Video Sailing Guide Part 4: Yacht Equipment

Ex-Olympic yachtsman and principle coach at Parkstone Yacht Club, Hugh Styles gives advice on how to prepare your yacht's equipment before taking to the water.

Video Sailing Guide: Part 4 - Yacht Equipment Transcript

As well as making sure we've got the boat's seaworthy we need to make sure that all the safety equipment that you personally use onboard is up to scratch as well.

The first item is the lifejacket or you could potentially use a buoyancy aid - this in this example has a built in harness. So for when you're going offshore you need to have a harness and a harness line to connect on to a safety line that will be onboard the boat and this has a mechanism in it which is self-inflating as and when you fall in the water. It will have a gas canister which has got a water activating switch which will basically switch the gas canister to inflate the life jacket and would therefore keep you safe and float when you fell in the water.

If you have a buoyancy aid or lifejacket that doesn't have a self-inflating thing then a buoyancy aid will have enough foam in it to be supporting you in the water. The other method is a toggle that you pull on the life jacket - similar to what you'd see on an aircraft safety demonstration, to make sure the life jacket inflates.

The next item we have is a piece of safety equipment is a flare - as and when we end up in difficulty onboard the boat then we need to be able to notify the support services and this would be done, in this example, by a set of handheld flares that would produce a coloured gas that would basically signify where you are from quite a long distance away and you'd be able to see from back on land when you're say out a couple of miles offshore.

Really important that we check the date on this on a regular basis so that we can make sure that it is in-date, and any that are out-of-date we need to dispose of appropriately and not just throw on a fire and let it go off.

The next item - binoculars - really important so we can keep good vantage points, known and in location on our passage to and from the harbour to a new mooring location. They need to be robust enough to be able to be used in fairly harsh sailing conditions - and obviously waterproof.

The next item is - torch - new batteries and a set of spare batteries onboard the boat so that you can make sure you have always know that you have the ability to have a light-source when you end up in a position of not being able to see anything, downstairs looking around the engine or equally in the pitch-black up on deck if you have an issue with anything on deck.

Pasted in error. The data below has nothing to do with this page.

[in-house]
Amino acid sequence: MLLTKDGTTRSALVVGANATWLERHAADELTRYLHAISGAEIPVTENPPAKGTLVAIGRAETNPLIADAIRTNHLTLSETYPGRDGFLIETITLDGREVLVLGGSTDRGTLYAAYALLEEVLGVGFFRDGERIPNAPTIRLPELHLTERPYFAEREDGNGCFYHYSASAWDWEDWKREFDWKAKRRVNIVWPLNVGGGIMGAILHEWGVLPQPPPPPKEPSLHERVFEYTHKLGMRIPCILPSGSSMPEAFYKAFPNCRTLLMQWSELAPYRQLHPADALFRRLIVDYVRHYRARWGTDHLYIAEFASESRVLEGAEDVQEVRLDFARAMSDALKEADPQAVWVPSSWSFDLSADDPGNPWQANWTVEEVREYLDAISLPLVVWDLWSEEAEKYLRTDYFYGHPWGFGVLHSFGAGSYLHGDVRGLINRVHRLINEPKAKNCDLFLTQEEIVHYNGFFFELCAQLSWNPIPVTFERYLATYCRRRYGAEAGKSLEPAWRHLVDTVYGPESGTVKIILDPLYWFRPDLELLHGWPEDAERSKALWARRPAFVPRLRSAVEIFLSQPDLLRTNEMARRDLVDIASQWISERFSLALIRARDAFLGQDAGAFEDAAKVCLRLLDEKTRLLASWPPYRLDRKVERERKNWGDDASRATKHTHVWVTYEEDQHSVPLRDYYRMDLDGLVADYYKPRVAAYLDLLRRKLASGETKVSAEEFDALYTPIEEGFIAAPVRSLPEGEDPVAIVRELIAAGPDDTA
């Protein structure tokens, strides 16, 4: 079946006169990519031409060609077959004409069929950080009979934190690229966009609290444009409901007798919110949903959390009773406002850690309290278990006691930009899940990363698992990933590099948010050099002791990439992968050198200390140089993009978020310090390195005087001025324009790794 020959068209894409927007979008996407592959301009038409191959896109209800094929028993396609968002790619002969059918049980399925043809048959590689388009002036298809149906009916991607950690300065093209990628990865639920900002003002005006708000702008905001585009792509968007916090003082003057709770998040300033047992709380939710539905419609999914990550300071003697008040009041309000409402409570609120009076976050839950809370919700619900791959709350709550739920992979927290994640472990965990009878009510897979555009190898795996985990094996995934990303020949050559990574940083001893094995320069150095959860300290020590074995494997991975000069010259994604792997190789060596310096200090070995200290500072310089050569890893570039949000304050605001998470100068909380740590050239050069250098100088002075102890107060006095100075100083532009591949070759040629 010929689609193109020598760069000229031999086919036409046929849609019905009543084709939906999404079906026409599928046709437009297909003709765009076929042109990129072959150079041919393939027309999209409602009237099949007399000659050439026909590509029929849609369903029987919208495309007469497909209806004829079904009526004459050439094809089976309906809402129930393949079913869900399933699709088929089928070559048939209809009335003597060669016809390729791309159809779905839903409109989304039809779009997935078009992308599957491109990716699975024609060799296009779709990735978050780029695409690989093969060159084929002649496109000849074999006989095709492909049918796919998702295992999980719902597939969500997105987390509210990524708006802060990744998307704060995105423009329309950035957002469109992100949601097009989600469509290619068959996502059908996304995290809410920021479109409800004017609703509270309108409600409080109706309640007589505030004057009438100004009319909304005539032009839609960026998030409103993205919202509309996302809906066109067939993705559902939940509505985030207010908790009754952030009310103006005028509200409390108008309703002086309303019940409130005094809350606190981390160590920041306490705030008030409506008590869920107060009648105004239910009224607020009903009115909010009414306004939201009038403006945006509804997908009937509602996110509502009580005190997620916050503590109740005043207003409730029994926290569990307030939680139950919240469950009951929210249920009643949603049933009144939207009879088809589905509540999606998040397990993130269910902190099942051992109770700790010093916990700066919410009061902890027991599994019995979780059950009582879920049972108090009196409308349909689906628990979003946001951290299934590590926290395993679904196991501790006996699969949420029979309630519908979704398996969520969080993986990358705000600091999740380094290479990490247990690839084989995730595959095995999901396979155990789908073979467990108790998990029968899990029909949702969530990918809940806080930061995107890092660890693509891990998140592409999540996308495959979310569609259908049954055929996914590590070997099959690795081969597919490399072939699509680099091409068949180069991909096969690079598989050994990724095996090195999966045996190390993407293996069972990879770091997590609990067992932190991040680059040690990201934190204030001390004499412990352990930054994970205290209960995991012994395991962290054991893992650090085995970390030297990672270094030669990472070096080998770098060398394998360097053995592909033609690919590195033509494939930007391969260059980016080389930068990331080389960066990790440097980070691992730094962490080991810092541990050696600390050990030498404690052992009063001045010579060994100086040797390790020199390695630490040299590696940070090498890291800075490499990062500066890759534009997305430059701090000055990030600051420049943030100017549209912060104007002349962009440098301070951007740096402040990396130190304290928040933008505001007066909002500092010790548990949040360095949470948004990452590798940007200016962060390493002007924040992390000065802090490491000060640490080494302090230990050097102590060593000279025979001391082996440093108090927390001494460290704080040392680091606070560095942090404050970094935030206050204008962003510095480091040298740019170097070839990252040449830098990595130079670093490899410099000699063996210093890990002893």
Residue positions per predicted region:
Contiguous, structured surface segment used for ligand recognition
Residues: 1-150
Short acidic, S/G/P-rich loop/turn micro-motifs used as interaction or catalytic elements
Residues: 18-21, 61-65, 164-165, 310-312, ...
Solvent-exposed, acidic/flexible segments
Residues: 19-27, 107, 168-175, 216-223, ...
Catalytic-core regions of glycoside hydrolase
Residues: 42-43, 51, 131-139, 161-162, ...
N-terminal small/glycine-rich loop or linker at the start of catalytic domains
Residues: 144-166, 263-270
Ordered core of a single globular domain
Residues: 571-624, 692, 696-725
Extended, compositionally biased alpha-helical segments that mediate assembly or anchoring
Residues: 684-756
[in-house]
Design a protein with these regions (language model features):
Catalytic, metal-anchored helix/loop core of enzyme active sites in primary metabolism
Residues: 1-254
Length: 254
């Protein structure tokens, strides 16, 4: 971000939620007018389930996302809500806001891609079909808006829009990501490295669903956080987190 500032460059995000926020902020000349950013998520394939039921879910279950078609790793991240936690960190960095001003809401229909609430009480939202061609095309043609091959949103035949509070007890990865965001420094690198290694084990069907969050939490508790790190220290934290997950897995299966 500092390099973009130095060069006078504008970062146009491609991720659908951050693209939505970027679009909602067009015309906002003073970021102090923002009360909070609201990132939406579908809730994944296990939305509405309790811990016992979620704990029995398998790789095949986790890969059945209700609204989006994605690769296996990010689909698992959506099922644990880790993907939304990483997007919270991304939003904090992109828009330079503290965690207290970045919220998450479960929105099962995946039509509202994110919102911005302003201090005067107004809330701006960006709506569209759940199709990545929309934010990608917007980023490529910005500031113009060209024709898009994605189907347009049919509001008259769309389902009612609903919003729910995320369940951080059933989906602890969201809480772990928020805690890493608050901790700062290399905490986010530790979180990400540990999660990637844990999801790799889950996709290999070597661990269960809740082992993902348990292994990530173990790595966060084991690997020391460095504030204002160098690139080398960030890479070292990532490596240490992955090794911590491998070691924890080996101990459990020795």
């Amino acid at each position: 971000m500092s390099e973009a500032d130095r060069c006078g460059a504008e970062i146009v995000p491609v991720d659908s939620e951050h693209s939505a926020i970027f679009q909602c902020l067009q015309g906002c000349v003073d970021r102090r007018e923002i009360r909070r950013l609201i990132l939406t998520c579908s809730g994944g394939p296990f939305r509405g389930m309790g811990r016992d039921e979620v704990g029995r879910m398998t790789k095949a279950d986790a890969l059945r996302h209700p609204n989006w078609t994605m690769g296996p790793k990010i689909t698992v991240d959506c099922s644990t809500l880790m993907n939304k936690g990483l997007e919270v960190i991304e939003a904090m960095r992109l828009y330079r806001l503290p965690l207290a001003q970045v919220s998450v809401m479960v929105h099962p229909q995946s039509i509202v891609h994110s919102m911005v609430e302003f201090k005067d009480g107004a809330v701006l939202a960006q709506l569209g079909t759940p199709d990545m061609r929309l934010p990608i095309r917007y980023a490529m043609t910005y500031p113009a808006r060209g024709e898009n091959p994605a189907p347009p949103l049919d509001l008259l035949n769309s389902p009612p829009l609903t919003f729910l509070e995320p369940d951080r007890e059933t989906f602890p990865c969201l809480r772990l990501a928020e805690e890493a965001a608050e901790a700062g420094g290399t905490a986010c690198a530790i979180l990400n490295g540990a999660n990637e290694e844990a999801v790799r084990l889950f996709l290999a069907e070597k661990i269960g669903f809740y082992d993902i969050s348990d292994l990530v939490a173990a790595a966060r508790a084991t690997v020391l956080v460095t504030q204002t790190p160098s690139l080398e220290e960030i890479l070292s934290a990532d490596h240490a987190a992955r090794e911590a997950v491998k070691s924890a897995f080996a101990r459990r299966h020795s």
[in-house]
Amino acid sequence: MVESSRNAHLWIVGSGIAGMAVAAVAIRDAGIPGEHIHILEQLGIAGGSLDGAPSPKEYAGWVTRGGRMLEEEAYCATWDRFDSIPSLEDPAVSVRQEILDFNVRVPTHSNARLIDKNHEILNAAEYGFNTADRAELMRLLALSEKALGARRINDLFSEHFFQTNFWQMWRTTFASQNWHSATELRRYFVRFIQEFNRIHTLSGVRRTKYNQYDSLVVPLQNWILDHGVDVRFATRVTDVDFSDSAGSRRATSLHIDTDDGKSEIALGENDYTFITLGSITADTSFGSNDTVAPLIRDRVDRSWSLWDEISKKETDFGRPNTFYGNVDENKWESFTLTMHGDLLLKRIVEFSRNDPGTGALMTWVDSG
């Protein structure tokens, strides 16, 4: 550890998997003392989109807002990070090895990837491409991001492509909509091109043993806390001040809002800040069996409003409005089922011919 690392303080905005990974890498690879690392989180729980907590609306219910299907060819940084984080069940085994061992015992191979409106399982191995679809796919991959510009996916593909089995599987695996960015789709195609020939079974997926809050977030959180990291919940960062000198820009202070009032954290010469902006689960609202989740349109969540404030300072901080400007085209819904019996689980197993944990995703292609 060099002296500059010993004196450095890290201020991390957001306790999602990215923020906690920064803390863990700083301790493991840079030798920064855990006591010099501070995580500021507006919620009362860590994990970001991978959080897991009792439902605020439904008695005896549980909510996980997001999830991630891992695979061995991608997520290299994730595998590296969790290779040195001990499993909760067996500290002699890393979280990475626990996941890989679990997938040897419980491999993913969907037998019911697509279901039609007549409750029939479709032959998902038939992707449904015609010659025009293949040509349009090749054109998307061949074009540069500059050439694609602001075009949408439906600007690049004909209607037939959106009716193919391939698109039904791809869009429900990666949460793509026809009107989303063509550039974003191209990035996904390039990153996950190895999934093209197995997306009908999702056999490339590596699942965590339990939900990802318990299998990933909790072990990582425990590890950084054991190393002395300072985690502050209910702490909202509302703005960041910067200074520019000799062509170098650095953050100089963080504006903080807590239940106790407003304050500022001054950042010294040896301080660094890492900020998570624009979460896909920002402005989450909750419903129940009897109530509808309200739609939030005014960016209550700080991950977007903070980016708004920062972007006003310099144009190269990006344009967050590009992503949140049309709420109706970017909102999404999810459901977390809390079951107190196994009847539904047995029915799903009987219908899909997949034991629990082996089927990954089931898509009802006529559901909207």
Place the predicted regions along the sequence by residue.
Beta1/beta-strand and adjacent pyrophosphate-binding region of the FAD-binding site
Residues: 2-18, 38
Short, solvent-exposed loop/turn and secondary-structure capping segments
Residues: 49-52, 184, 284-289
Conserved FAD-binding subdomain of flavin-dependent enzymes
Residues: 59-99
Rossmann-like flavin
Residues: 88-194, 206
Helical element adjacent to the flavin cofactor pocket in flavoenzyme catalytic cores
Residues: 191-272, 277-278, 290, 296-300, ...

Then in-case you end up with any ropes wrapped around the propeller we need to have a good mask and a snorkel so that potentially you can go down and unwrap any lines from the propeller - which is under the back of the boat.

And then more into some avoiding any fire issues - a good powerful fire extinguisher that can put out fires that will be more galley or engine oriented - and this particular one is a powder. Powder fire extinguisher - but again we'd need to double check on the item for a date of last service and a renewal date of when it needs to be checked again.

And really lastly is a first-aid kit - every boat should have a good first-aid kit and a first-aid kit needs to include obviously plasters for patching up any cuts or grazes - through to then rehydration drink mix so that we can keep people rehydrated, say they get sick - they need to have some rehydration. And then some bandages, a sling in-case anyone ends up with any arm injuries that we need to strap-up and then also some sterile wipes and dressings so that we can patch up or clean anybody up if they end up with any wounds that they've had as a result of hitting something on the boat.

The life craft is an important piece of equipment on the boat and we need to make sure that - A it's in date and B - that it's been regularly serviced. It's going to be needed in a time of emergency and it needs to be easily accessible onboard and will function appropriately and properly as and when it's required.

In the event of a man overboard situation then we'd be using the life-ring and then also this danbouy. The danbouy gets thrown at the same time as the life-ring to the person that falls in the water and then that makes it easy for us to spot the person before we then come back around to come and collect them out of the water.

JT: Using Hugh's tips you should be able to get back on the water successfully but more importantly - safely. In addition to these tips you should also consider your insurance cover - specifically cruising ranges, what you're using the craft for - for example racing, and are the sums insured adequate?

For more information type in "Towergate Insurance" into any search engine - thank you for watching.

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